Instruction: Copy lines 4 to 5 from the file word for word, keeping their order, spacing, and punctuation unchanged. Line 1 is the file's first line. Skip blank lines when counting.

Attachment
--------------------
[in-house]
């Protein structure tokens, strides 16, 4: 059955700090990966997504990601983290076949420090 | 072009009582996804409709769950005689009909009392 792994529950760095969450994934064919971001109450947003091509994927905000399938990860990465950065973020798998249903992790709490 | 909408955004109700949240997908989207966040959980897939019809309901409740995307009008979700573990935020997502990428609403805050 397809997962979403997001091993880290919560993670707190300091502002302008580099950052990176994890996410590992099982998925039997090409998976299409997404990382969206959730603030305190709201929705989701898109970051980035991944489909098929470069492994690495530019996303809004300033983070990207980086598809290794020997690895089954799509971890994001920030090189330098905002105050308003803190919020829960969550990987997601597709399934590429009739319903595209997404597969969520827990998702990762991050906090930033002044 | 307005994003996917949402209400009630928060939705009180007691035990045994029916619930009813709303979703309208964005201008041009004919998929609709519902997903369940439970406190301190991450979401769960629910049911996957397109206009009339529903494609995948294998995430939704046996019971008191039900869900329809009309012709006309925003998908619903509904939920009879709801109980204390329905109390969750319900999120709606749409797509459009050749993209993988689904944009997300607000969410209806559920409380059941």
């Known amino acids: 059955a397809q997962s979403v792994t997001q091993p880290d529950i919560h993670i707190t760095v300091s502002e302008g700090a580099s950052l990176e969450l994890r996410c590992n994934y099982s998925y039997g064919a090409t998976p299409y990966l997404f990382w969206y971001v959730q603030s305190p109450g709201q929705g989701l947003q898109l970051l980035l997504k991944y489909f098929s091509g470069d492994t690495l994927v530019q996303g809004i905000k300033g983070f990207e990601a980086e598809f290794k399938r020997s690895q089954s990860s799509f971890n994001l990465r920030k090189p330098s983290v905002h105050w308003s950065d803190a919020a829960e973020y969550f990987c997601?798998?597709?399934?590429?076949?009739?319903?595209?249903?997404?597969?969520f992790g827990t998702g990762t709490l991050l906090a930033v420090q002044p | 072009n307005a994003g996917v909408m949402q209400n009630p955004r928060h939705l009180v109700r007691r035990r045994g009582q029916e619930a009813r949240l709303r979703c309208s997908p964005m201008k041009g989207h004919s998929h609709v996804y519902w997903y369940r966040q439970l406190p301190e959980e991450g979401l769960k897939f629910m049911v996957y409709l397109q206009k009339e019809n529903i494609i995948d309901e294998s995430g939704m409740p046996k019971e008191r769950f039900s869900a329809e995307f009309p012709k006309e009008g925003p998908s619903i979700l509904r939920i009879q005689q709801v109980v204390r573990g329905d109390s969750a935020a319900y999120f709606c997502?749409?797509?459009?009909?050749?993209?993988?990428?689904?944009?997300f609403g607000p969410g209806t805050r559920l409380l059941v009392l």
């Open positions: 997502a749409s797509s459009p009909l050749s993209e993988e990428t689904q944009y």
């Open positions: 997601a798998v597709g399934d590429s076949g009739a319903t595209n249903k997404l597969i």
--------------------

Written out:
């Open positions: 997502a749409s797509s459009p009909l050749s993209e993988e990428t689904q944009y």
């Open positions: 997601a798998v597709g399934d590429s076949g009739a319903t595209n249903k997404l597969i």